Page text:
We've all heard about the many benefits of drinking green tea, such as fat burning, improving physical performance, lowering the risk of various types of cancer, fighting heart disease, improving dental health, and lowering the risk of Alzheimer's. This is largely due to the fact that it contains a high concentration of catechins, which are a type of natural phenol and antioxidant. Green tea has become such a major health trend that you can find it in all major coffee shops, restaurants, and grocery stores.
What is less talked about is the fact that green tea can improve our eyes. Researchers have known for a while that catechins protect the eye from several diseases, but it wasn't known until recent years that eye tissue could absorb the catechins from green tea. Tea leaves produce an organic compund called epigallocatechin, better known as ECGC. Scientists have found ECGC helps protect against eye diseases such as glaucoma, cataracts, and age-related macular degeneration. It also helps our vision by protecting the human retina against UV damage. It has been found to be effective up to 20 hours after consuming green tea.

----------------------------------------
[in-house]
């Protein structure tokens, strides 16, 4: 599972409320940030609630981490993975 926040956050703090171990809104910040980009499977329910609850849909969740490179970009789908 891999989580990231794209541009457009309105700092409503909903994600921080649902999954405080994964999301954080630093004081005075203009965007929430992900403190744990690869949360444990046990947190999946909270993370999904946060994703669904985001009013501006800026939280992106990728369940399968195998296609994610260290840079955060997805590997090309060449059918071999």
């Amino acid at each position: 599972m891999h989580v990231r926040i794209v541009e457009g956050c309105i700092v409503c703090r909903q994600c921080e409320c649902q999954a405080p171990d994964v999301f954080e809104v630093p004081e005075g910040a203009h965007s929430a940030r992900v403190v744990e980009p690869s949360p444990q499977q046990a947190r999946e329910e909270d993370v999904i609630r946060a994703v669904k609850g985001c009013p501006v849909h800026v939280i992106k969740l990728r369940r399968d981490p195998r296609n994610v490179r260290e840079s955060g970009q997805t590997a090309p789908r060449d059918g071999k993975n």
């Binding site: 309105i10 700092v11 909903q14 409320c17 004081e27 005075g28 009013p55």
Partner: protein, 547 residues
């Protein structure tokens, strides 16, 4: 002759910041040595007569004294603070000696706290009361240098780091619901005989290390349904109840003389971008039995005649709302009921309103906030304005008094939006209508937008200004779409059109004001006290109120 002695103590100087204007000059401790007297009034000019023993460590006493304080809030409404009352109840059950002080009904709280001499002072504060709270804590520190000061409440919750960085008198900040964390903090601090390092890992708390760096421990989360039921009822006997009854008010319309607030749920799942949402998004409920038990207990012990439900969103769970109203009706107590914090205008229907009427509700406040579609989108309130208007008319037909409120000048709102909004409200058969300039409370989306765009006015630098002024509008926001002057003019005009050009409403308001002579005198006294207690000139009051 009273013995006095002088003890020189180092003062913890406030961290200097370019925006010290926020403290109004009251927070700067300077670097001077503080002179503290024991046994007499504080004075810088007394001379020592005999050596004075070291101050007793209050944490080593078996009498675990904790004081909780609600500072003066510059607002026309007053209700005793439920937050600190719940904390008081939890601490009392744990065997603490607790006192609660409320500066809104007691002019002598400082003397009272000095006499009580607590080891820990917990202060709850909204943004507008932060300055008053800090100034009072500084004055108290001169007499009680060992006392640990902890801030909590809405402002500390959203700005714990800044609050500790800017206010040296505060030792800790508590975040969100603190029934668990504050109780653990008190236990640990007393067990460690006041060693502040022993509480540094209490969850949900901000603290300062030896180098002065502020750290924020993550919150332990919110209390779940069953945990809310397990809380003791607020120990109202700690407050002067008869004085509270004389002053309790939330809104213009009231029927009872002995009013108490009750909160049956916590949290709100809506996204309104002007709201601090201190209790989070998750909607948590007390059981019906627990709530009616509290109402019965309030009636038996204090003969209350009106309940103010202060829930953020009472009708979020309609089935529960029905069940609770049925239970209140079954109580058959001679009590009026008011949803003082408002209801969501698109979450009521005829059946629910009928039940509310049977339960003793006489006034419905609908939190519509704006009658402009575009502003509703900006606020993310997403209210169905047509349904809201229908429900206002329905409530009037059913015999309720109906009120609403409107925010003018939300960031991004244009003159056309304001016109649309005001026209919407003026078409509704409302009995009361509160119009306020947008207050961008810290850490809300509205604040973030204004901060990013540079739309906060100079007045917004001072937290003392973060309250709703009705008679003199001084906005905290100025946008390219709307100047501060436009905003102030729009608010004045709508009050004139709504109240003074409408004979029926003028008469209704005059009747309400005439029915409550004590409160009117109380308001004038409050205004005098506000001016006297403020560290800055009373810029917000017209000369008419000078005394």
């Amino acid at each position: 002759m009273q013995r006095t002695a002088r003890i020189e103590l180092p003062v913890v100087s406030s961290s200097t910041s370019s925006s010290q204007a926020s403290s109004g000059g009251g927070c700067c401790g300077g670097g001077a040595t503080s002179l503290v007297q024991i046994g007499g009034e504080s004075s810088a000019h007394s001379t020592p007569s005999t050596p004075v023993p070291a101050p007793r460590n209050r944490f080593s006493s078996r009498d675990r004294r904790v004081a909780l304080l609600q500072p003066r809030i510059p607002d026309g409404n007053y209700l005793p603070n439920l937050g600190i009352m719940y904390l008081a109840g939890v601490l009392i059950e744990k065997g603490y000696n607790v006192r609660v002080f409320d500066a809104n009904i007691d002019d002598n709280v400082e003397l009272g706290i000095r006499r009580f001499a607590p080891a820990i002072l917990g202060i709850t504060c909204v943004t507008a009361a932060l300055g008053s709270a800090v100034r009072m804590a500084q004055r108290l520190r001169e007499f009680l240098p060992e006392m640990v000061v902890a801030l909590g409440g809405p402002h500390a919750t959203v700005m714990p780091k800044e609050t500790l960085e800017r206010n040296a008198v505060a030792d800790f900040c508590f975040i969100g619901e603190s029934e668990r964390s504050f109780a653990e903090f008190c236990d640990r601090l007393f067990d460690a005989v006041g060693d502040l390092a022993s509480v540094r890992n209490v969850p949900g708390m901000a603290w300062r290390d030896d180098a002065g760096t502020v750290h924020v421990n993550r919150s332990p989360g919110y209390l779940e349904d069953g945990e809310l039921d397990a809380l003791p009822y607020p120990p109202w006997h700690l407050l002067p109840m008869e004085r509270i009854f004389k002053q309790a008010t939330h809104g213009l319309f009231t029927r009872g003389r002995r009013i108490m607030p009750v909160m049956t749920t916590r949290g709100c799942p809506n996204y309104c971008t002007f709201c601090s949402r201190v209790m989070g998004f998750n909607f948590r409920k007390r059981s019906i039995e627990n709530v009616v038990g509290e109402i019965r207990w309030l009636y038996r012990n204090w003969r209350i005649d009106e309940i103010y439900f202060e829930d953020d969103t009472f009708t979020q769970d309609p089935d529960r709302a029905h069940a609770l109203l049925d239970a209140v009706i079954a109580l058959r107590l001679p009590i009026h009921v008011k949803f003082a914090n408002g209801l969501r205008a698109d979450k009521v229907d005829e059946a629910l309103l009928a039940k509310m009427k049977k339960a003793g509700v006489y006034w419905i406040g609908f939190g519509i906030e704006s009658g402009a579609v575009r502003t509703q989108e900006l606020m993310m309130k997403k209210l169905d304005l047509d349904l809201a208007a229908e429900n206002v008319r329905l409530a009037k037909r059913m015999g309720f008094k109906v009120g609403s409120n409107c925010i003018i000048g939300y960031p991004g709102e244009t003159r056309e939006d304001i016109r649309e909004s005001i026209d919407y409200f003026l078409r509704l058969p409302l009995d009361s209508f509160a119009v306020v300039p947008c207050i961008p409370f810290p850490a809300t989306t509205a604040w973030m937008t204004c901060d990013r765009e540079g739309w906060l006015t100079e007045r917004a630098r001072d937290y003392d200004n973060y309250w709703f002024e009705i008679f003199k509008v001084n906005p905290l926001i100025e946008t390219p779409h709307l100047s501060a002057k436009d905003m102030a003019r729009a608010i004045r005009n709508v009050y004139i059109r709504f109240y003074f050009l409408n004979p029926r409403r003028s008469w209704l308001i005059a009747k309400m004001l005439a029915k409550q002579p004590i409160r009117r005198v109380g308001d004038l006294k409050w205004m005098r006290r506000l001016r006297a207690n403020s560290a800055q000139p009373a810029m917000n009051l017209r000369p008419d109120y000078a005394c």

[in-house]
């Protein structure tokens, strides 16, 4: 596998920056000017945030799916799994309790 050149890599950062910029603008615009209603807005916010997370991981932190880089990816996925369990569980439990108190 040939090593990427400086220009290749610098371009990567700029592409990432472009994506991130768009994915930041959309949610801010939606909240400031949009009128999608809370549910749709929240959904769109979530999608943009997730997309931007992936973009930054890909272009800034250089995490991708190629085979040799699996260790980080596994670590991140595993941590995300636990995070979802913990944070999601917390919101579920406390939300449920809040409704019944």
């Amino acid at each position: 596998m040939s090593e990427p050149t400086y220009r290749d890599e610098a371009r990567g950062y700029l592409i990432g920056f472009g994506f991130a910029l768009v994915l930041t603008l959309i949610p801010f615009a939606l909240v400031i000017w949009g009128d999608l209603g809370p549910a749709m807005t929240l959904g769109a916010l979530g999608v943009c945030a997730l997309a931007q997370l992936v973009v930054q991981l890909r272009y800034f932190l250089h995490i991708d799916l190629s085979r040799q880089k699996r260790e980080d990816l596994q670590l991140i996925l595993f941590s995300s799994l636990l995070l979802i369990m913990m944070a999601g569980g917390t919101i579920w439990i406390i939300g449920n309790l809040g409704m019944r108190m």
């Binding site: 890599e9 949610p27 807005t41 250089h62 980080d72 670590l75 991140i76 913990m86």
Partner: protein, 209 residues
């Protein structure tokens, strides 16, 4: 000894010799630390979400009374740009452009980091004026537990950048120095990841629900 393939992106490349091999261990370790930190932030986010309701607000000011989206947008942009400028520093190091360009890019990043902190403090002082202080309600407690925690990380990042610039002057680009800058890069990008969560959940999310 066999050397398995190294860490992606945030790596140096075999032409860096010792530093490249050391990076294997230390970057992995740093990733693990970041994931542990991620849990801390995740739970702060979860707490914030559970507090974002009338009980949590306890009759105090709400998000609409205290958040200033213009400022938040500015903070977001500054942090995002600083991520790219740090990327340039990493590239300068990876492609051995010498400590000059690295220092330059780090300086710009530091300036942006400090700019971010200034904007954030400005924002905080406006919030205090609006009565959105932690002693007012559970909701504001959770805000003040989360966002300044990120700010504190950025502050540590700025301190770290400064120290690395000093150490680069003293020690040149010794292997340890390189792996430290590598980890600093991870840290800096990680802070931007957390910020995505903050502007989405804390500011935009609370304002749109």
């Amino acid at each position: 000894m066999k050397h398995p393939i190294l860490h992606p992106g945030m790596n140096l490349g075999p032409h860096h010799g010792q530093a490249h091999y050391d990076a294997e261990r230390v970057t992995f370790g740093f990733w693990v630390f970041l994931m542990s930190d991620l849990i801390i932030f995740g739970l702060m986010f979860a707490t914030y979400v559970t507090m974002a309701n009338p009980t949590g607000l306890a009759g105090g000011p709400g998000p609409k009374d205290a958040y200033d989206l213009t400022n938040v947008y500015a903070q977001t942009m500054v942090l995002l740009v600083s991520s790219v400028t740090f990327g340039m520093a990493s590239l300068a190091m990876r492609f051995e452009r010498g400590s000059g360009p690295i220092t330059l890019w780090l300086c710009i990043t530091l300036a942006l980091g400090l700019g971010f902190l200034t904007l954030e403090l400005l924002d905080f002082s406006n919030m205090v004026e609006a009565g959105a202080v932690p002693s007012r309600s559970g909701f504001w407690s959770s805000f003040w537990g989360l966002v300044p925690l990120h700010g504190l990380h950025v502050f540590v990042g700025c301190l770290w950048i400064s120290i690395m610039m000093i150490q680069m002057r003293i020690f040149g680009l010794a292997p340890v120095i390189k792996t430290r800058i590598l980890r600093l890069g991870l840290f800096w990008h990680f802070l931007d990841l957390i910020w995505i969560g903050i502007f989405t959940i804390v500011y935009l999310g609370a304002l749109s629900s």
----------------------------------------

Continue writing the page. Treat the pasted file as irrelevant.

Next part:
Next time you reach for a drink, let your eyes do the talking and brew some delicious green tea. For those who do not like the taste of green tea by itself, you can add things like lemon, honey, cinnamon, agave, black pepper, or even add it to a smoothie to alter the taste. There are just too many beneficial reasons to add a cup (or two) of green tea to your daily routine. It's no wonder green tea has become the drink of choice for many.
Chu, K. Journal of Agricultural and Food Chemistry, Feb. 10, 2010; vol 58: pp 1523-1534. News release, American Chemical Society.
Zheng, X. The American Journal of Clinical Nutrition, April 2013.
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